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Vivian Crawford: Preserving and promoting Jamaica's history

Published:Monday | October 31, 2011 | 12:00 AM
Vivian Crawford
Vivian Crawford (right), executive director of the Institute of Jamaica, after being presented with the 2011 Gleaner Honour Award in the category Arts and Culture by Christopher Barnes (left), managing director of The Gleaner Company. - Rudolph Brown/Photographer
Vivian Crawford (left, front) and James Moss-Solomon (right), Gleaner Honour Award recipients for Arts and Culture, and Voluntary Service, respectively, show off their awards in the company of (at back, from left) Frances Madden; Christopher Barnes; Elon Beckford and Curtis Sweeney, at The Gleaner's North Street, Kingston, offices last Wednesday. - Rudolph Brown/Photographer
Mr Crawford walks through the gallery at the Institute of Jamaica, downtown Kingston. - File

HE'S ONE of those persons whose personality can light up any room. Vivian Crawford, the charismatic, vibrant head of the Institute of Jamaica, has been leading the East Street, Kingston facility for more than 11 years, even though he initially signed on for only a three-month stint.

This did not happen by accident. Crawford is one of the nation's foremost authorities on arts and culture and has, over time, earned an enviable record of accomplishment in this area.

He spent some time with The Gleaner recently, reflecting on his journey with arts and culture over the years.

"It was sheer serendipity!" said Crawford, describing how he started working in the field.

"Sometimes you don't plan something, but you find yourself on a road and you follow it. And, as my mother used to tell me, 'Whatever your hands find to do, do your best'," he said.

And he has followed the sound advice of his mother.

He credits his love for the arts and Jamaican culture to his upbringing in Moore Town, Portland.

"It certainly propelled me to work in this area. You see, I grew up in a place and time devoid of technology. What we had, though, were stories. We depended on these stories for information and that is how we learned about our history and culture," said Crawford.

He has spent much of his life trying to preserve elements of local culture. Soon after he took on the job as head of the Institute of Jamaica, he made a visit to Spanish Town in St Catherine.

Crawford was appalled that there was nothing in place to commemorate the location of the 1838 reading of the Proclamation of Emancipation of Slaves, at the entrance to the old King's House building in the town.

He immediately launched a campaign and soon raised enough money to get a plaque in place. He still counts this as one of his greatest accomplishments and proudest moments.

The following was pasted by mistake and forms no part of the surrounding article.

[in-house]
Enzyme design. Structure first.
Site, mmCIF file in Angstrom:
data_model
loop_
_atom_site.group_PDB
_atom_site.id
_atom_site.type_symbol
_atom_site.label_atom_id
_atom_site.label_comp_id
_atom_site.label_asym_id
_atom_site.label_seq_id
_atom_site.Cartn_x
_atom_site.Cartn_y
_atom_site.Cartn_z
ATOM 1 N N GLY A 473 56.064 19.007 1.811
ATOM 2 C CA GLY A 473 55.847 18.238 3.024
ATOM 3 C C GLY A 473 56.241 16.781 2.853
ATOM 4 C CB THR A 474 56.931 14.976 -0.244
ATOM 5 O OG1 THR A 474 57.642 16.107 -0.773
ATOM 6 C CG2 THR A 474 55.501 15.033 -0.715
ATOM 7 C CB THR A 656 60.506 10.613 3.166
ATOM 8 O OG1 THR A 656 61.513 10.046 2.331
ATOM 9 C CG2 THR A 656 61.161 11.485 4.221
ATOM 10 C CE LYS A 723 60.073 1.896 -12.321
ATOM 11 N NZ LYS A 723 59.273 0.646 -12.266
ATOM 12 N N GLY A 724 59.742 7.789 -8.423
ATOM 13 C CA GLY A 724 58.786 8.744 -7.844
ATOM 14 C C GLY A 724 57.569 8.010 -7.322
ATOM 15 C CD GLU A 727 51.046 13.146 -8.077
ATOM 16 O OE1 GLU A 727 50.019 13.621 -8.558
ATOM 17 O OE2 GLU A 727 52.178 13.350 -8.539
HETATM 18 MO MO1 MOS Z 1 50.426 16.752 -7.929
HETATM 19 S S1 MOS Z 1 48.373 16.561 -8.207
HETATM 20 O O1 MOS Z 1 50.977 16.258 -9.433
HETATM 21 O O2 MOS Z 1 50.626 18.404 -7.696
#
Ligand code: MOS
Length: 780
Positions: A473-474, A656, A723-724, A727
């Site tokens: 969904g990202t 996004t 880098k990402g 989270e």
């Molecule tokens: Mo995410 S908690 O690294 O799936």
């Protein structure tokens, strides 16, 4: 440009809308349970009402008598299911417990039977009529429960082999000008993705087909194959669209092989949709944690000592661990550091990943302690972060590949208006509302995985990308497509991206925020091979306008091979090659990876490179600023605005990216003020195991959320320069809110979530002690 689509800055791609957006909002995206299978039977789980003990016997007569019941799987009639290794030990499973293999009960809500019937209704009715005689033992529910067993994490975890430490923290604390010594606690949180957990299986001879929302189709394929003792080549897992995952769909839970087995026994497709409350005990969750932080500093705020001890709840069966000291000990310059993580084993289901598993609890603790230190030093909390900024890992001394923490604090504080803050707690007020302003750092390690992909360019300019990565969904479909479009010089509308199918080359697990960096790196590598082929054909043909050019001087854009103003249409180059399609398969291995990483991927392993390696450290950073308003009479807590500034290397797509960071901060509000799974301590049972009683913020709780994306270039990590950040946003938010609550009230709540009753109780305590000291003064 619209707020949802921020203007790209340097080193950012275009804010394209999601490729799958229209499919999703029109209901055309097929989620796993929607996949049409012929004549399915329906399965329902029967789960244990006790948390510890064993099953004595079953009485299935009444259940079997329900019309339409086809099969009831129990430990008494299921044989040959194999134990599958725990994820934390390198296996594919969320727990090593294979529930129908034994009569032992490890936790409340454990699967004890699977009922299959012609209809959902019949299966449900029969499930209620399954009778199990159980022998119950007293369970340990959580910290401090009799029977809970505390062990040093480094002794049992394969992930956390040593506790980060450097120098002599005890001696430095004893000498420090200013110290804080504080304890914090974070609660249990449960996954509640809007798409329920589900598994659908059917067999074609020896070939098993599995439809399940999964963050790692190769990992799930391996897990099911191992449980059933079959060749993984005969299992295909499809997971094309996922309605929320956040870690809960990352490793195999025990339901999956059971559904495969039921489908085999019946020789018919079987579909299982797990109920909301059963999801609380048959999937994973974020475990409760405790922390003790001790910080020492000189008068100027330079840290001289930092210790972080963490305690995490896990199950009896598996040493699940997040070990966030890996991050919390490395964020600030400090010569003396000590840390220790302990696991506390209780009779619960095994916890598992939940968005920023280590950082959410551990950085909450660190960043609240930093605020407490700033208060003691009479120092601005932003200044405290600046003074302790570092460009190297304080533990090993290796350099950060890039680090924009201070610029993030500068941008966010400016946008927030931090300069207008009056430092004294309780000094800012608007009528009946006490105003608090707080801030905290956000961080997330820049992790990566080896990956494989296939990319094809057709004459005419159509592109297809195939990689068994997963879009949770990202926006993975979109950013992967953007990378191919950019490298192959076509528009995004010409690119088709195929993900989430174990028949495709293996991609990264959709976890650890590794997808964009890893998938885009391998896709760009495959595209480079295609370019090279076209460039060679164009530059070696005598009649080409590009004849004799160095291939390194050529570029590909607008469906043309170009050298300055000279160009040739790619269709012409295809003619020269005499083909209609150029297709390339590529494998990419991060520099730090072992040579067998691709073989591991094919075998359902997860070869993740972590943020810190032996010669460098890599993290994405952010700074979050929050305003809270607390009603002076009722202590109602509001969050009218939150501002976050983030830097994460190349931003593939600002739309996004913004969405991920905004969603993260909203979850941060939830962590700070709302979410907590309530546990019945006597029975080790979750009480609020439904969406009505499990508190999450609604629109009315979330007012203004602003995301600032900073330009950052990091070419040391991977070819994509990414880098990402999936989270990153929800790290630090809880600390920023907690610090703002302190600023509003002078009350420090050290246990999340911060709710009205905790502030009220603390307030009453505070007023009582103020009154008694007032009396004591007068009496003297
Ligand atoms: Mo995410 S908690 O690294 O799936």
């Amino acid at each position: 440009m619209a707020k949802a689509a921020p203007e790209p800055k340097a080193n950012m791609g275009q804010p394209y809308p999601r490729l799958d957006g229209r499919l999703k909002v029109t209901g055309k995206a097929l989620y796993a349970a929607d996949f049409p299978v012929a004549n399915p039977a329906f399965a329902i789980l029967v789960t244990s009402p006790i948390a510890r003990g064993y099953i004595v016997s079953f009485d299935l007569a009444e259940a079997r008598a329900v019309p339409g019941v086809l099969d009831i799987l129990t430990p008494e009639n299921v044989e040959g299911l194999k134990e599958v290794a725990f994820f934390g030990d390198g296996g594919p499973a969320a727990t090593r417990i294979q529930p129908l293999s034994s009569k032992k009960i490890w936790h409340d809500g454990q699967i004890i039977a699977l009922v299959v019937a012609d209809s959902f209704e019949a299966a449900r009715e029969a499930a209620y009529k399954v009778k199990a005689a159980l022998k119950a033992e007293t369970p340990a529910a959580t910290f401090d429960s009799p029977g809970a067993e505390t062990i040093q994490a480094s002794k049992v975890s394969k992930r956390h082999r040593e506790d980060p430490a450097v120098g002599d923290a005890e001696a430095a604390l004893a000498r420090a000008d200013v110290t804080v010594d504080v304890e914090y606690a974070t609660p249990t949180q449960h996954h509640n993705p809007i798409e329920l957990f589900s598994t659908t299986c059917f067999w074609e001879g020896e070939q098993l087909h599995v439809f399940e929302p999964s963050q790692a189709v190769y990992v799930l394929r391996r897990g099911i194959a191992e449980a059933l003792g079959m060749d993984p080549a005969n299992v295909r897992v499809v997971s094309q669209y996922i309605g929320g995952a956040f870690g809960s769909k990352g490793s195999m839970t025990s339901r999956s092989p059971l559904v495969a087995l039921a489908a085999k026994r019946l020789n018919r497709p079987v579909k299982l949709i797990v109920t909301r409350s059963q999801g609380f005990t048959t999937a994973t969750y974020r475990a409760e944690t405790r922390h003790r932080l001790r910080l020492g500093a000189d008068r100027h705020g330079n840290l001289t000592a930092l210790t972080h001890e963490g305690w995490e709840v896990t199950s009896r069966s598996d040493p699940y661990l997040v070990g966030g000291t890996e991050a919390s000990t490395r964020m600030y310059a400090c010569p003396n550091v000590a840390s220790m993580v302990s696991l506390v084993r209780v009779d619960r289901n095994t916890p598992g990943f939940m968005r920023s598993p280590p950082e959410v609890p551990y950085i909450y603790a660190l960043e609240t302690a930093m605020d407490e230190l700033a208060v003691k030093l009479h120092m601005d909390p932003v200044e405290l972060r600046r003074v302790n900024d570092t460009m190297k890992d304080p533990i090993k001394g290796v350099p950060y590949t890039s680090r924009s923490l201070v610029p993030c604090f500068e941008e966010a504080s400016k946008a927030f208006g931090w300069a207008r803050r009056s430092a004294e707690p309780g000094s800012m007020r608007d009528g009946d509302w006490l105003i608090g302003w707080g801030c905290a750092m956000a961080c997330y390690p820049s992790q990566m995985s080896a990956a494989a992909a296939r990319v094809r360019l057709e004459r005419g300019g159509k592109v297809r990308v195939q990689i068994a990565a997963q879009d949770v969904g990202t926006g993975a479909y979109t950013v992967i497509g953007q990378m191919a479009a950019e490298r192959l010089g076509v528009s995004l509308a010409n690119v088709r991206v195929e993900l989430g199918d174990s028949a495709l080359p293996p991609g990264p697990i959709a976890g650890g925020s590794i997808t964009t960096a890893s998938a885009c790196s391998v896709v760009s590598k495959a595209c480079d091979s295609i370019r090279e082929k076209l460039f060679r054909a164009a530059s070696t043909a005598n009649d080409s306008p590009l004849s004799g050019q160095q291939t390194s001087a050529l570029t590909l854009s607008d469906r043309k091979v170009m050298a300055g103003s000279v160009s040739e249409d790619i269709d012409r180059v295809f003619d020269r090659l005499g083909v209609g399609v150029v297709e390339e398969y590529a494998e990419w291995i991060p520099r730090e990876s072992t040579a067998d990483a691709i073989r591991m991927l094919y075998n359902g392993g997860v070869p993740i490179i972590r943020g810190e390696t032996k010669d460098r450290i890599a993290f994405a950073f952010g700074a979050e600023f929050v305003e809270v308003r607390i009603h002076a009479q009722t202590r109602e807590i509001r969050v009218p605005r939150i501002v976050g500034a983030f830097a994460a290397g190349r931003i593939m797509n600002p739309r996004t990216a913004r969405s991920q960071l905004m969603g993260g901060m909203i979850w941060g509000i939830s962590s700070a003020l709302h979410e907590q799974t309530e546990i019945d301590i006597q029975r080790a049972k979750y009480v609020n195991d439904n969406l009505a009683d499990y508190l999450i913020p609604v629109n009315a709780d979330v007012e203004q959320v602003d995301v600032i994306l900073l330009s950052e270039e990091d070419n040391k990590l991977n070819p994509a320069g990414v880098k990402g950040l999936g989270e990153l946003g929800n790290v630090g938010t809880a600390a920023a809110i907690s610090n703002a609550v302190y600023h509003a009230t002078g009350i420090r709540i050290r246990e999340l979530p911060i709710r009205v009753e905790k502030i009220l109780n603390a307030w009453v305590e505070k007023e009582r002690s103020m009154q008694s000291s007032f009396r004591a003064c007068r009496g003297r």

Crawford has an intense passion for arts and culture. It's palpable and evident from the excitement in his voice when he speaks about it.

He believes more needs to be done in schools to promote local culture.

"We must share with the young people what we learned from those before us," he said.

"And it can't be only in the context of GSAT (Grade Six Achievement Test) and CSEC (Caribbean Secondary Education Certificate). We must make (the study of arts and culture) part of everyday life. Not just something that happens in October. It must become a way of life," said Crawford.

And he practises what he preaches. He has volunteered his time at various institutions across the island, teaching the arts and elements of local culture to young people. He is particularly proud of his time spent at Boys' Town tutoring students there in the playing of instruments.

Culture must be preserved

Crawford is a member of the Ward Theatre Foundation and participated in the annual summer-school programme where inner-city children were given the rare opportunity to gain real experience in the creative arts, including music, drama and dance.

He was also chairman of the Jamaica Cultural Development Commission for 10 years (up to 2007) and while there, presided over a nationwide campaign to preserve and promote arts and culture.

"It's important that we ensure that our culture is respected and preserved," he said.

But there are many sides to the man. Apart from being a warrior for arts and culture, he is also a financial whiz. He holds a bachelor of science degree in economics from the University of the West Indies and the a master's degree in business administration from the Nova South-Eastern University.

He has been honourary treasurer of the University of Technology Jamaica for some 20 years. And, he is also a gifted organist. So talented is he, that despite his busy schedule, he remains in high demand for weddings and other social gatherings across the island. It's just another side to the multi-faceted man.

Now, over the years, Crawford has managed to accumulate a number of high awards and honours. Among them awards for music and for contribution to various schools and causes.

And now, the highly accomplished Vivian Crawford will have another award to add to his extensive collection of accolades as, for his lifelong commitment to the preservation, promotion and development of arts and culture in Jamaica, he has been awarded the 2011 Gleaner Honour Award for Excellence in Arts and Culture.